Fears of a global Ebola outbreak spread yesterday as French officials sealed off a building with 60 people inside, an Australian nurse was tested for the disease and airplane cleaners went on strike in New York.
In France, police imposed a lock-down on a social services centre in a town near Paris after four people who arrived from Guinea this month fell ill with headaches and fever.
Officials in Cergy Pontoise, northwest of the capital, later said that the fears that the four were suffering from Ebola were a false alarm and the nearly 60 others inside were allowed to leave.
But the drastic reaction of the authorities in France, which has not reported any cases of Ebola, indicated the scale of concerns gripping officials across several continents.
There were also fears that the disease may have reached the far side of the world after an Australian nurse who treated Ebola patients while working for the International Red Cross in Sierra Leone developed a fever following her return.
Sue-Ellen Kovack, 56, was admitted to hospital in Cairns, Queensland, where doctors will receive the results of an Ebola test on Friday. She felt healthy when she arrived home last weekend but still quarantined herself as a precaution, raising hopes that even if she has been infected, she will not have passed the virus to others.
In the US, Ashoka Mukpo, a British-American photojournalist with NBC News who tested positive for Ebola in Liberia, continued to receive treatment with an experimental anti-viral drug in hospital in Nebraska.
But Texas health officials said they did not believe that a deputy sheriff who was admitted to hospital after suffering possible Ebola symptoms was at risk of the disease.
Sgt Michael Monnig had entered the Dallas apartment of Thomas Eric Duncan, a Liberian man who died of Ebola in Texas this week. Doctors said that he was being treated out of an “abundance of caution”.
Zimbabwe also experienced an Ebola scare when the main infectious disease hospital in Harare was closed following the admission of a Congolese student who was vomiting and bleeding. That case also turned out to be a false alarm as the young woman later tested positive for malaria.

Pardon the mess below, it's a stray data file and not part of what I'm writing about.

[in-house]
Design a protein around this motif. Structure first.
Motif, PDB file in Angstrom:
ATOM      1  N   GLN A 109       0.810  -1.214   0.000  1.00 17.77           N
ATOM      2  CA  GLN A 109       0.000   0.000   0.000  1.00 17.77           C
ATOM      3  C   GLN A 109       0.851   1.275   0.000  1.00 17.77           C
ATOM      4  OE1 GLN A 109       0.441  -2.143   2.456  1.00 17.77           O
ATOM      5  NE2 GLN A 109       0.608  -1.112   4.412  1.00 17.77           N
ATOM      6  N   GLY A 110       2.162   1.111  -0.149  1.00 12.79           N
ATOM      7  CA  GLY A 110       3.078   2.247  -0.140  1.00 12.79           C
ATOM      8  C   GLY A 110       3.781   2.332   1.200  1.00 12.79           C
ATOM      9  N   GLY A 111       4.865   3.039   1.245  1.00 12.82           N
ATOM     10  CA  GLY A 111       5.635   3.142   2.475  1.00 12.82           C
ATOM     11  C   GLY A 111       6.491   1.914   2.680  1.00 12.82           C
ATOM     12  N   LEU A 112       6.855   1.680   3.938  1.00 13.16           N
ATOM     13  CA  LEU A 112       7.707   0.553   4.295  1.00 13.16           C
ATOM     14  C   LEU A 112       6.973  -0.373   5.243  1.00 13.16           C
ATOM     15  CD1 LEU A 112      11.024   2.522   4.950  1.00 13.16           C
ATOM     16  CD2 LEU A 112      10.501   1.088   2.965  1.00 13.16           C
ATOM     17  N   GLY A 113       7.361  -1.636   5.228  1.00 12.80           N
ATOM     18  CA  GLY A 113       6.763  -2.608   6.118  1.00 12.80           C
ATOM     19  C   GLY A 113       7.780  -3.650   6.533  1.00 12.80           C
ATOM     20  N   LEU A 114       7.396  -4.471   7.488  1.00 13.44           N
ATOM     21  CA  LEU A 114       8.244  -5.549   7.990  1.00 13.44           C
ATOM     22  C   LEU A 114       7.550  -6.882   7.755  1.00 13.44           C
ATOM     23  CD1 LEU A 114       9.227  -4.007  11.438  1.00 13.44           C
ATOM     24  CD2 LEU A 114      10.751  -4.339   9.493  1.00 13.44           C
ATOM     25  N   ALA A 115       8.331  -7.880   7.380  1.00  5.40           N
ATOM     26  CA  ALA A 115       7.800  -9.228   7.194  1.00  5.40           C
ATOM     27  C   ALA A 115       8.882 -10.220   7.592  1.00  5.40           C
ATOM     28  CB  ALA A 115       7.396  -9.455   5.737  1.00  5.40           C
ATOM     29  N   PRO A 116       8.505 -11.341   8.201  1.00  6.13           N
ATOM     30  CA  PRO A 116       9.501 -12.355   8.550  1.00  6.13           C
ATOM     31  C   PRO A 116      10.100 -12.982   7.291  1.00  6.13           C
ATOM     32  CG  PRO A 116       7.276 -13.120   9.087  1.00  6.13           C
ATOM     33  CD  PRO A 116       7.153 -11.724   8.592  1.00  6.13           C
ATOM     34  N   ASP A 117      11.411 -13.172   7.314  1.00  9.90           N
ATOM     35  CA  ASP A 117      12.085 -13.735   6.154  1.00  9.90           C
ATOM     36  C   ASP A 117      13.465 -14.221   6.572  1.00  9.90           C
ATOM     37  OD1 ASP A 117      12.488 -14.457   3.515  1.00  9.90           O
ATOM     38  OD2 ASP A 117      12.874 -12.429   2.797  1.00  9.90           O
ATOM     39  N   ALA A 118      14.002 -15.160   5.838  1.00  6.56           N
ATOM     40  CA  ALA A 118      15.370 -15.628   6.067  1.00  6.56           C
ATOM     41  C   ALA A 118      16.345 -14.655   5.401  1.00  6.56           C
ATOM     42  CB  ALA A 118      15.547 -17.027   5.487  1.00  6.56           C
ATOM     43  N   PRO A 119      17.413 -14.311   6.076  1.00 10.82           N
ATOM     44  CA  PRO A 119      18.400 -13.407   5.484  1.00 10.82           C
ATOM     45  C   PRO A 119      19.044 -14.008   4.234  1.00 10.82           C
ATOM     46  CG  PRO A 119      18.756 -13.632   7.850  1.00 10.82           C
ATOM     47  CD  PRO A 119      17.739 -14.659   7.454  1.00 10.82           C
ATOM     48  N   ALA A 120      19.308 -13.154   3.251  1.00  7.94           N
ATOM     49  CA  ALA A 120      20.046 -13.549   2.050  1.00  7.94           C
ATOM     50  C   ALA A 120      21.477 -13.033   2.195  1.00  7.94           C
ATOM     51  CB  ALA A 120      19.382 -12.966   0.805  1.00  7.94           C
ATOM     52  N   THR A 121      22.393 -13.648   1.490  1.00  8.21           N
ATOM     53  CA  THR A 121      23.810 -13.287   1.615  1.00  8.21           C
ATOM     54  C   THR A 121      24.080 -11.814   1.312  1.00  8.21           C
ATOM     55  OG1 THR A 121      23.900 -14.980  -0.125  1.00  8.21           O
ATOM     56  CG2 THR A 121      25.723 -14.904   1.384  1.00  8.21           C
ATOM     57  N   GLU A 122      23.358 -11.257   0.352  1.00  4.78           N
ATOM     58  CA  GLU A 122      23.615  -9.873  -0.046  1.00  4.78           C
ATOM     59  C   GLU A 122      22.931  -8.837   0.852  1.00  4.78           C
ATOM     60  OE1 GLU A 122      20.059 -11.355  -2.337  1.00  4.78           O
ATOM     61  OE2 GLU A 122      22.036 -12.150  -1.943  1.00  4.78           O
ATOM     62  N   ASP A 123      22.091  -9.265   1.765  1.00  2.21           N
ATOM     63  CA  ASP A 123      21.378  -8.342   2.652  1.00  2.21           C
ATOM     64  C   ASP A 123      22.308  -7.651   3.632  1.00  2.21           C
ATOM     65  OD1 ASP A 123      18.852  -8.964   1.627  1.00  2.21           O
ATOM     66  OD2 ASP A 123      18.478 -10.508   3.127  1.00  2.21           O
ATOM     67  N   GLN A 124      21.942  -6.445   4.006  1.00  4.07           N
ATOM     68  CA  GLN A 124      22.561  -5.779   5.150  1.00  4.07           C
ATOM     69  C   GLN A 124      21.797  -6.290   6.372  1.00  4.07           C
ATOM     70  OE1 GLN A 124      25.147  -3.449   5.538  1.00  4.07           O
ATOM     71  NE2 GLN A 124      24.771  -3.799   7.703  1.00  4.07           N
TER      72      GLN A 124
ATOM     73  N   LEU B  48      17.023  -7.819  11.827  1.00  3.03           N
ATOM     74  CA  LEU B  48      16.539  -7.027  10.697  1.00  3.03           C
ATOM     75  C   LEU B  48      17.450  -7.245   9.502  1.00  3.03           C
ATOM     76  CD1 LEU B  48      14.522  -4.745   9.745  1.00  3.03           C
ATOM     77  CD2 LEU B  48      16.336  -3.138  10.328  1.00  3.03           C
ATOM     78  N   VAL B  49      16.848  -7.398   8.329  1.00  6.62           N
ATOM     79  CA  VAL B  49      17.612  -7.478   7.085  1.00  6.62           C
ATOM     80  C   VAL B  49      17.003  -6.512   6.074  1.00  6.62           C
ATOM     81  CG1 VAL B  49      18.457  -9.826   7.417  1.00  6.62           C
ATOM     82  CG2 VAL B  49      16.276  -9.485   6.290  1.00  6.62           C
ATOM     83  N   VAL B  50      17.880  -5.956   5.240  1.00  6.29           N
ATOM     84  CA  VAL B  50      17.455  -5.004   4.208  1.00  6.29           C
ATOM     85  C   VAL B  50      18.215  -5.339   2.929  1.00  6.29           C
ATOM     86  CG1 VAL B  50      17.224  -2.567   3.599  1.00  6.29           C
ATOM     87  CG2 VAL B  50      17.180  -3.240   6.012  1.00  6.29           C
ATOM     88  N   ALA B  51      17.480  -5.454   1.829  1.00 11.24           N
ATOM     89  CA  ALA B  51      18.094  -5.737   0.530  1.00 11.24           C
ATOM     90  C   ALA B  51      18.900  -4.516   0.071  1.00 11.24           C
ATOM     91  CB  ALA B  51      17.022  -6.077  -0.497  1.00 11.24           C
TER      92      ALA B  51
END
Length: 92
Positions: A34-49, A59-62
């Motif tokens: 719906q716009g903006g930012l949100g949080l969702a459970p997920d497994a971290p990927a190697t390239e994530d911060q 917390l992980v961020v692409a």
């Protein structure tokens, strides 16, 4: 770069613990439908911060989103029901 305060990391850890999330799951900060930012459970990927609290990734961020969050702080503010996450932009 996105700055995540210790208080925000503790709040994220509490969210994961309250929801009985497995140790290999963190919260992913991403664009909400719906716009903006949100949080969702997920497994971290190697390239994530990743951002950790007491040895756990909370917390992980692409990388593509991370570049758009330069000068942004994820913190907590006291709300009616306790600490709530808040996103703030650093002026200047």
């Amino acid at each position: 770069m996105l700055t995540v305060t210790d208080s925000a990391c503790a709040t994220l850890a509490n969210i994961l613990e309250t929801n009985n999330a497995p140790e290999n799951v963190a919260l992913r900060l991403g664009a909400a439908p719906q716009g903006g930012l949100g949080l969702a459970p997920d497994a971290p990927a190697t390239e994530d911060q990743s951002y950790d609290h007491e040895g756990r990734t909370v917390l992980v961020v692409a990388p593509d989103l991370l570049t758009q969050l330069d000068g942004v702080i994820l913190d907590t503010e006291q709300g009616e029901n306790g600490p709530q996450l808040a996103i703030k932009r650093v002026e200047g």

In Prague, however, a 56-year-old Czech man with Ebola symptoms was being tested for the virus yesterday. A spokesman for the Bulovka hospital said the man, who had recently travelled in Liberia, was in isolation, and that tests had been carried out and sent to a laboratory in Berlin. Results should be known on Friday, he said.
And in New York, about 200 cabin cleaners at LaGuardia Airport went on strike partly because of fears about the risk of Ebola, saying they were not receiving the proper equipment or training.
“The workers are really worried because they tend to be exposed to bodily fluids, including by cleaning out bathrooms on airplanes,” said Amity Paye, a union spokesman.
The union is holding its own training sessions, claiming that the airlines are not preparing workers to handle airplanes that might carry Ebola-contaminated material.
The US government will this weekend begin checks at five major airports of the temperatures and health histories of passengers who began their journeys in Guinea, Sierra Leone and Liberia.
More than 8,000 people in West Africa have so far officially been diagnosed with Ebola and the fatality rate is nearly 50 per cent. But the World Health Organisation believes that the true tally of infected and dead is much higher.
Meanwhile, the first trial of an Ebola vaccine in Africa started in Mali with the vaccination of three health care workers The vaccine, one of several now being tested, was developed at the US National Institute of Allergy and Infectious Diseases and a consortium led by the University of Maryland is carrying out the trial.
Mali has not experienced any Ebola cases but medical experts want to conduct the trials in the region that has been hit by the crisis. Tests are also expected to begin in Gambia soon.
By Philip Sherwell, New York